Demystifying Machine Intelligence in Travel and Transportation

By Joe Hasselman

Machine Intelligence has been changing the way we travel for generations. In 1946, American Airlines released the first automated booking system. By 1976, United Airlines deployed their Computerized Reservations System to travel agents. In the 1990’s, Lonely Planet’s first website, Expedia, and Priceline were born. Throughout the early 2000’s, Global Distribution Systems and the Internet enabled Kayak and Hotwire to innovate the OTA model with aggregation. Today, nearly every airline has an “intelligent” (or at least dynamic) application; major hotel chains are deploying automated concierge advisors; the TSA utilizes myriad scanning and visual recognition security technologies; preferences and digital behavior are being used to provide tailored offerings; and travelers can even purchase luggage that follows them between terminals at the airport (yes, this really exists -- check out Travelmate: a fully autonomous suitcase robot).

Over the past five to ten years, developer-friendly services have been built by leveraging the enabling technologies described in the Machine Learning 101 section — catalyzing adoption among technologist communities and driving the proliferation of applications utilizing machine intelligence today. The themes below dissect the ways in which these technologies are most drastically impacting the travel experience.

Engagement

Chatbots are a unique and effective medium to connect with customers. Facebook Messenger, IBM Watson, Heroku, Amazon Alexa, and Slack (among MANY other) platforms provide frameworks for building and training chatbots. These applications may be deployed as a concierge at a hotel helping locate the gym or an airline app’s messenger alerting travelers of delays or a voice-command interface to book a ticket.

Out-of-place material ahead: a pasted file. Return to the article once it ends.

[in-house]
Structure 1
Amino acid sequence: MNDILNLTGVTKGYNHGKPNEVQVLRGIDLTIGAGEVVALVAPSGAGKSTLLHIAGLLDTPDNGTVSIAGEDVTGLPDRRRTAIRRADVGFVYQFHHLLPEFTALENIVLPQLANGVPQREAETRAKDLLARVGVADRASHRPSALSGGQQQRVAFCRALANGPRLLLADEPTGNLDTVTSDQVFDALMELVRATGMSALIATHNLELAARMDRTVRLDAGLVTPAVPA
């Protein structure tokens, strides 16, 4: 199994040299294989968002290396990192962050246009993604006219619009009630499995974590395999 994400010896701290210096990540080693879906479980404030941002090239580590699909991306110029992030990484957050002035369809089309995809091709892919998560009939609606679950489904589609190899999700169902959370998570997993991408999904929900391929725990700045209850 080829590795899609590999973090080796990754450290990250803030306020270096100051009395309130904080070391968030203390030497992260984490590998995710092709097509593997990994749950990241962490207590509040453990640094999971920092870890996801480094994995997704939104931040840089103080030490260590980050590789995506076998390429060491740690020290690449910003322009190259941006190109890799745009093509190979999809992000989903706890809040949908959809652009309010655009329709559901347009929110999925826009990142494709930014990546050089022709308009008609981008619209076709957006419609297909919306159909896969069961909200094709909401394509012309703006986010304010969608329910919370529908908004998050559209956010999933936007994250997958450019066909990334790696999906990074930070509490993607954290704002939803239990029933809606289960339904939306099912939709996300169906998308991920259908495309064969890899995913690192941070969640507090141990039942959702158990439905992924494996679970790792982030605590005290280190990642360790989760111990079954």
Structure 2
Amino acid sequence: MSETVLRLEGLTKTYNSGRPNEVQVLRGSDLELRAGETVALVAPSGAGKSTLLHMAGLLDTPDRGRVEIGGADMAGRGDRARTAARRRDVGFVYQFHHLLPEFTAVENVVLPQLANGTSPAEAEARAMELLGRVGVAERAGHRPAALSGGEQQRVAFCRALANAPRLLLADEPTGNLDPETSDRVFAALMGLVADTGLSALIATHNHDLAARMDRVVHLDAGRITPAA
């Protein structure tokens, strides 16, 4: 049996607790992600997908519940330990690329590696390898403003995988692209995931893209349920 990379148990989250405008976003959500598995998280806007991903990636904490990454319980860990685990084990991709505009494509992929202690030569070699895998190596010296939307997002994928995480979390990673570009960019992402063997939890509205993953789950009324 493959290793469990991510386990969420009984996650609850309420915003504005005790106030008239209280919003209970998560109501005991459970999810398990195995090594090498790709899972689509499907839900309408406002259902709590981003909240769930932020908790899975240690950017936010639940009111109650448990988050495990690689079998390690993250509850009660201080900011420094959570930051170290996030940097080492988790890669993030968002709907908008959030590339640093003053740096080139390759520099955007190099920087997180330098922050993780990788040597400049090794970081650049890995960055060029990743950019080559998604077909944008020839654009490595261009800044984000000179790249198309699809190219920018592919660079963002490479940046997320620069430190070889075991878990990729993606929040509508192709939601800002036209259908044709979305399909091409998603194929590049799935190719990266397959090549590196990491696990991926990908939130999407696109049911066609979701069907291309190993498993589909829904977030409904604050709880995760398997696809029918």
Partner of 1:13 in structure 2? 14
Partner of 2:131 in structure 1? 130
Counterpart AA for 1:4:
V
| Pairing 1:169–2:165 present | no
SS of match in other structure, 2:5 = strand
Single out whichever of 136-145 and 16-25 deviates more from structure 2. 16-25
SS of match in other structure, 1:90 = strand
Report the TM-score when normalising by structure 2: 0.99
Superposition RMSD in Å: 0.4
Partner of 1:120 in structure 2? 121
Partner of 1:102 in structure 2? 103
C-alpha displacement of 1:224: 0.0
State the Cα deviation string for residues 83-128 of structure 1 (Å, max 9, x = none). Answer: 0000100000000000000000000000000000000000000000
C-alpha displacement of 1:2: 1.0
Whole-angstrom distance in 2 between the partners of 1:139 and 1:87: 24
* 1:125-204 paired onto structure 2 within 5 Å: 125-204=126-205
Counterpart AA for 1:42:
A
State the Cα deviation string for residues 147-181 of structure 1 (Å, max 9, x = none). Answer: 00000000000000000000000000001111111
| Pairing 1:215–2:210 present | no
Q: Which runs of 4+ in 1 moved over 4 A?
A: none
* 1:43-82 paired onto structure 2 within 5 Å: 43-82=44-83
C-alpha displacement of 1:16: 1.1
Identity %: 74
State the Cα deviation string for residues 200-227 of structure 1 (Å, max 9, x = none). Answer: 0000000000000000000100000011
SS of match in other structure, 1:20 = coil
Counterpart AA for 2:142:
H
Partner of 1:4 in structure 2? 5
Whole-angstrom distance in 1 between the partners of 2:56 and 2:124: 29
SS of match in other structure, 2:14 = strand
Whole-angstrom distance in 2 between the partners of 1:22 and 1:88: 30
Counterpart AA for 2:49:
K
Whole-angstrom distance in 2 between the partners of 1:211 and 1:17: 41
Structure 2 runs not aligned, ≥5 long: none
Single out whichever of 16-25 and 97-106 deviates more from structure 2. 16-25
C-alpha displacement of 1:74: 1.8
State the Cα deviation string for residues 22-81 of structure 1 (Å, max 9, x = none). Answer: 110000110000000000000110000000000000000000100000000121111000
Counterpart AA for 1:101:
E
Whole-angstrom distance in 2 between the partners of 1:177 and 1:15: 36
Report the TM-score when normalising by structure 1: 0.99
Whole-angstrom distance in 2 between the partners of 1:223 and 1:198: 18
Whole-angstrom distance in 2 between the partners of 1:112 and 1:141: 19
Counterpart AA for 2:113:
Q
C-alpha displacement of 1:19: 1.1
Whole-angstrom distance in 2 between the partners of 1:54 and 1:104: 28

Search & Exploration

Travelers can now search in natural language to find desired and tailored experiences wherever they go. Intelligent services like WayBlazer recommend events, restaurants, parks, museums, and experiences that will most likely resonate with the traveler by combining reviews, rankings, and travel guides.

Logistics & Operations

It is now easier and faster than ever before to book across 200+ countries in dozens of languages. Intelligent transportation systems — from human-less airport railways to breakthrough autonomous vehicle technology — are changing how travelers get from A to B. Further, dynamic pricing algorithms are shifting the way we spend money based on real-time supply and demand throughout the travel experience — during both booking and transport.

What might the future hold?

Soon enough, simply booking a flight ticket will trigger a human-less Lyft or Uber ride to be scheduled. Truly personalized restaurant and activity recommendations will be immediately and automatically sent with one-click booking features through a messenger application. Trip planning will take a fraction of the time it does today. Even after reaching the airport, the traveler will be guided to their gate with shopping, lounging, and dining suggestions along the route. The airport will be more than a means to get elsewhere; it will be a place to be in itself.

Hospitality staff will be notified by social monitoring systems when influencers arrive at the restaurant bar or check-in to a hotel, enabling the team to proactively create an incredible experience for them – perhaps with a drink or dessert on the house. Airlines may even target specific loyal and influential fliers troubled with delays to compensate in unique ways.

Like autopilot in an aircraft, Machine Intelligence cannot manage all the maneuvers and services provided by the travel industry. The pilot handles take-off and landing similar to the ways in which travel companies continue providing differentiated experiences for travelers. Throughout the flight and the travel experience, however, intelligence helps to optimize for personalization, scale, and convenience.